My fearless borderline tonight is presenting this music which would have difficulty reaching the level of originality of Monk or Björk. To hear my performance of E. E. Cummings’ “Crepuscule,”  leap into the ripe air by clicking on the player below or click this highlighted hyperlink to open a new tab window that’ll play it.

We Grow Accustomed to the Dark

It’s hard to escape the pull of Emily Dickinson here in the Parlando Project, and I keep finding that her poems ask for that unheard music in them to be made audible. So much is remarkable about Dickinson. She’s so original in poetic expression, and yet she’s kept a substantial audience of readers from the time of her first posthumously published collection in the late 19th Century.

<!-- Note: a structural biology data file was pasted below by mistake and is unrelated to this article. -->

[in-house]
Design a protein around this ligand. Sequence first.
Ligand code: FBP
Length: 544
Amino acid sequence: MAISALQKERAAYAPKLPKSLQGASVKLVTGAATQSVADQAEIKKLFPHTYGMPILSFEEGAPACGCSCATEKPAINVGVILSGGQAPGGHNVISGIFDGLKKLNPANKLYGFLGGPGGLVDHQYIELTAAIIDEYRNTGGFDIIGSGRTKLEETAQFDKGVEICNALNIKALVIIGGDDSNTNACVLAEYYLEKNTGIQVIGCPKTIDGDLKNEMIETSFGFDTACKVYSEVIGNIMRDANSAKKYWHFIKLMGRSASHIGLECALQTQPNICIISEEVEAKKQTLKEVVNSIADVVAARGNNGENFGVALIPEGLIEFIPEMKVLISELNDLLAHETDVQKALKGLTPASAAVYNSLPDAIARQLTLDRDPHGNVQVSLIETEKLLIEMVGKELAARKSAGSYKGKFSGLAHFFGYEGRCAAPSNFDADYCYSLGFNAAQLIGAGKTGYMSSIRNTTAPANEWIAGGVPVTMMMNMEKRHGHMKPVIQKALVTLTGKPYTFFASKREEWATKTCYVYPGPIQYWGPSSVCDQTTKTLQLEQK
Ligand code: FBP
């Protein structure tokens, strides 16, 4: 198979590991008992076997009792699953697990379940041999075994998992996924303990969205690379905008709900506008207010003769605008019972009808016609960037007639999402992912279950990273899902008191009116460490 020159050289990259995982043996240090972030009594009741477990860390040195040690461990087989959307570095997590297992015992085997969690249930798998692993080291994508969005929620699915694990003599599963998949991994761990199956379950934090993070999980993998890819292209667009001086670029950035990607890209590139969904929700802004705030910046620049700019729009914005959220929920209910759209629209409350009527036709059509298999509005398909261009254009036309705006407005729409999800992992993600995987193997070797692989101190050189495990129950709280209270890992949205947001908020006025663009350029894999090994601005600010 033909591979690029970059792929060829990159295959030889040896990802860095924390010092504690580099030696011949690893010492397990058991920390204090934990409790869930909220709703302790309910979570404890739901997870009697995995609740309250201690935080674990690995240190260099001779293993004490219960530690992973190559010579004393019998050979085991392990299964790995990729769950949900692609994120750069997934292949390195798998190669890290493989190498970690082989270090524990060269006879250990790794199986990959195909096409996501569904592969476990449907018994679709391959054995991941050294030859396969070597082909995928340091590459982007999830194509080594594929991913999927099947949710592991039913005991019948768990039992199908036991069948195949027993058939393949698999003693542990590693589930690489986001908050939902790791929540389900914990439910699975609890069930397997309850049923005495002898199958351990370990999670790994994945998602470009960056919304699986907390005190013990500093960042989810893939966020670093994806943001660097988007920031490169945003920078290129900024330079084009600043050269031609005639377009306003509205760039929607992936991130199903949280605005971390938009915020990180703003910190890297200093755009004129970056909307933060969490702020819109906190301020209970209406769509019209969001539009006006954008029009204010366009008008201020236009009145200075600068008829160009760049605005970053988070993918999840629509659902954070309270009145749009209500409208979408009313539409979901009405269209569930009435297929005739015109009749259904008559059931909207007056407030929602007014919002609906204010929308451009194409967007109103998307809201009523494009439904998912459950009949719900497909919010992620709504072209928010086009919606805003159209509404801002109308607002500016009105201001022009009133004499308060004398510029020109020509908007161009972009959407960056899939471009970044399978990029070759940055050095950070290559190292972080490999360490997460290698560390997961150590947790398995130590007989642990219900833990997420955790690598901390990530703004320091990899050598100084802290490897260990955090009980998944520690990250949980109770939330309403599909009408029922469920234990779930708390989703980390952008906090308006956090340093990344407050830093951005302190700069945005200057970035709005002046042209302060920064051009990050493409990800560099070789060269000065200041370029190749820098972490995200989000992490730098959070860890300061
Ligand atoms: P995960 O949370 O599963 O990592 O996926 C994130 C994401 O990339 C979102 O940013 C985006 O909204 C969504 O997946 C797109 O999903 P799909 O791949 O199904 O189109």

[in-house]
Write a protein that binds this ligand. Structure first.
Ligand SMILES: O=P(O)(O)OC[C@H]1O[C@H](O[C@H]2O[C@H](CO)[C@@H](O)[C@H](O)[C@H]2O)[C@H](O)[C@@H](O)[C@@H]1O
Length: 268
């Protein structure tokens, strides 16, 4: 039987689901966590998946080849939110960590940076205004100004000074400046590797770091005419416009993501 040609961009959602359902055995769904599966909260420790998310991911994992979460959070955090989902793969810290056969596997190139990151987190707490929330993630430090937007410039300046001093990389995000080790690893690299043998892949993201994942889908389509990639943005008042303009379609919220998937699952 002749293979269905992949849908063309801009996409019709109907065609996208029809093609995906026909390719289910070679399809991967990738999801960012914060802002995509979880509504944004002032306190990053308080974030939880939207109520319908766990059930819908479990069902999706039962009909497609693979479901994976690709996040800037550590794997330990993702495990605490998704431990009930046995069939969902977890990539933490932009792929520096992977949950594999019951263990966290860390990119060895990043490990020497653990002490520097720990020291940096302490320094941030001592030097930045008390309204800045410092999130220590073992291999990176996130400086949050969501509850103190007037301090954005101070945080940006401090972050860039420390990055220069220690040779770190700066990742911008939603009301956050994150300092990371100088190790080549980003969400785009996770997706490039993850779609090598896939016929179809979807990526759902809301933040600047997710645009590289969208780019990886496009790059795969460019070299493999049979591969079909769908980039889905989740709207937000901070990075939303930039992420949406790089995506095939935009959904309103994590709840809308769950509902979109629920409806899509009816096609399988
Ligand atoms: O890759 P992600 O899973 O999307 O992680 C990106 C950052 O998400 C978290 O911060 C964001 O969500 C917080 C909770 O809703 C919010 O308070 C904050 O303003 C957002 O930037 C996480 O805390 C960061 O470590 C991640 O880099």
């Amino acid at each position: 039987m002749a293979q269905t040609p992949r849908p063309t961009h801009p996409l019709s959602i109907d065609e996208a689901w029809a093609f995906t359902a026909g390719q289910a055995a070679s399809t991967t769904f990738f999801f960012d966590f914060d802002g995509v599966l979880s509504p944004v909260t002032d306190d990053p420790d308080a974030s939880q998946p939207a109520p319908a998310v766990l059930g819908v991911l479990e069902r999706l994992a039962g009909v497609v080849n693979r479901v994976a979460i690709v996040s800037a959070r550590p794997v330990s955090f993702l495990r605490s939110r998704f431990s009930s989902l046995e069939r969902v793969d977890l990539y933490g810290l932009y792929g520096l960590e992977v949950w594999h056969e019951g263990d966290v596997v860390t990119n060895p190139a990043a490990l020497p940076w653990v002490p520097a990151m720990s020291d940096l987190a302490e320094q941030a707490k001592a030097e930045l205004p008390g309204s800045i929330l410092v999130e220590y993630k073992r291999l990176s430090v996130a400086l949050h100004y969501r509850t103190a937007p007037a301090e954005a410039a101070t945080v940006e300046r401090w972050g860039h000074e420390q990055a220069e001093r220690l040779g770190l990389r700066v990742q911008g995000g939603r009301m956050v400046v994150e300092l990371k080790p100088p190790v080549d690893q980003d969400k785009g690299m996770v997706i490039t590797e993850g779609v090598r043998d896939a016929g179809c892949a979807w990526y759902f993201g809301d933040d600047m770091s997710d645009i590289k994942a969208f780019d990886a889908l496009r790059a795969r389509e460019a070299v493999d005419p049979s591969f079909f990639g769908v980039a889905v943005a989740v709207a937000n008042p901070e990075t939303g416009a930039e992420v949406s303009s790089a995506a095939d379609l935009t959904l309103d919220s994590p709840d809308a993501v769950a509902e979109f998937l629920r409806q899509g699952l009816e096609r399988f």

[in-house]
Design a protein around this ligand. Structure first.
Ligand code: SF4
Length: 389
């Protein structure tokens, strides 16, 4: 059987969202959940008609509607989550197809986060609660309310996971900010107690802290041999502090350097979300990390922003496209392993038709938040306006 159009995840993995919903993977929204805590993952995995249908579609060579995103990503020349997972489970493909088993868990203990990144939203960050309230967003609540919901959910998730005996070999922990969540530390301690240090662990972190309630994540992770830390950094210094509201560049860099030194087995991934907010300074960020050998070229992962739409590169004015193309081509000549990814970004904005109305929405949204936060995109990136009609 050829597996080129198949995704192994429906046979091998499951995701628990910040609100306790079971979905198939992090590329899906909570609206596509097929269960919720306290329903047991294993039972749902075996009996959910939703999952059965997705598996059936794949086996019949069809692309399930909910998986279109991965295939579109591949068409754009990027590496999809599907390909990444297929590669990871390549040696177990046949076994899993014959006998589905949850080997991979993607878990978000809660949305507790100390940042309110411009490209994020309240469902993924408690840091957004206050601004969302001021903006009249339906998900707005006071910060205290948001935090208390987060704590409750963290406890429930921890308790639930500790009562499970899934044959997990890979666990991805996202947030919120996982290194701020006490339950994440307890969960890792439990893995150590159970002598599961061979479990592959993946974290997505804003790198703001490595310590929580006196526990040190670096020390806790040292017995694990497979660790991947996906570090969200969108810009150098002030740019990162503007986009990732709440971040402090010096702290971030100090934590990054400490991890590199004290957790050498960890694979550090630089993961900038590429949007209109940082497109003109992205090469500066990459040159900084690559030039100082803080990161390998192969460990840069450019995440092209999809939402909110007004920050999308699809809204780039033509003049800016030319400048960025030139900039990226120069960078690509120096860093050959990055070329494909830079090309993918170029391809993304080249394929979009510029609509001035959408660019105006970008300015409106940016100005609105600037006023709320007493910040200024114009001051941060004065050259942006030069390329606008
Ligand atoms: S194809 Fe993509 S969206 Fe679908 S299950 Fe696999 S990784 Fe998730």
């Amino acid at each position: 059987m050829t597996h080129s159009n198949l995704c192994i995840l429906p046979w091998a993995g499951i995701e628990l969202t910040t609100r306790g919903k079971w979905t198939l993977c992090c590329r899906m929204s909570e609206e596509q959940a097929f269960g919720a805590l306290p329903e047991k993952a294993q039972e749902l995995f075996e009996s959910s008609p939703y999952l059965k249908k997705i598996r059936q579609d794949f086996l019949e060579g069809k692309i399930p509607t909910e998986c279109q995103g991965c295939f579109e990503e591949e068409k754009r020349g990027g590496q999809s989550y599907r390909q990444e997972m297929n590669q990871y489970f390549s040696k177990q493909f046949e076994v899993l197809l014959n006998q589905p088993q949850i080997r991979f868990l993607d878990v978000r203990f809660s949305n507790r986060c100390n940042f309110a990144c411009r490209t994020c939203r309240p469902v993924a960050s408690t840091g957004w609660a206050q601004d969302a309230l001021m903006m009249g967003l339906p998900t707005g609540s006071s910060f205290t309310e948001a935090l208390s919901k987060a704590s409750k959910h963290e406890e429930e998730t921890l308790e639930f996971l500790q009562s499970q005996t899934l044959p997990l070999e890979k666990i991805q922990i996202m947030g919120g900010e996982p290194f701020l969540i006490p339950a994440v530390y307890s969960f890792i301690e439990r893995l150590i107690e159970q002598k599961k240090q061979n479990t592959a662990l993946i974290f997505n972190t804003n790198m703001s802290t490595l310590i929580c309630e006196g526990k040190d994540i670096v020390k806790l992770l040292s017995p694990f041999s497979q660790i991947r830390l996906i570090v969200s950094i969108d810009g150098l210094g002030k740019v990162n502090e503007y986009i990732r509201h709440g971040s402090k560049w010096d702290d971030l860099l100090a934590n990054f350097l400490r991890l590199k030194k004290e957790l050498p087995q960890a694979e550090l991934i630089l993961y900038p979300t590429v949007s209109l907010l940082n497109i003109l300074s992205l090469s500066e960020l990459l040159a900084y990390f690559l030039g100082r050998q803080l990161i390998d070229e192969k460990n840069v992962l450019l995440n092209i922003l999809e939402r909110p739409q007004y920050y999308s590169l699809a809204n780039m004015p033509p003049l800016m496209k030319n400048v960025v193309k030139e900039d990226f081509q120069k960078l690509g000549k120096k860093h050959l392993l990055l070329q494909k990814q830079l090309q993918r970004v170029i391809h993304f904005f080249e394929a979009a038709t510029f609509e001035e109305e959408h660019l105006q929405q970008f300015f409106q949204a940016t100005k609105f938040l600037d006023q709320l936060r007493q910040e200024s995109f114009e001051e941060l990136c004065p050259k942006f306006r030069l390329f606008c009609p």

Here’s yet another striking fact about her: she wrote over a thousand poems, the majority of her poetic work, roughly around the time of the American Civil War, in a burst of creativity less than a decade long. Can one even imagine what that might have been like? For this means that, on average, over twice a week a new Emily Dickinson poem, a new and unprecedented type of poetry, emerged from her pen.

Emily Dickinson's desk

Where she created a new way to write American poetry over a thousand times

 

She shared them somewhat, some of them anyway, with family and friends. She informally bound many of them into little booklets. But did she know what she was accomplishing? What faith drove her creativity?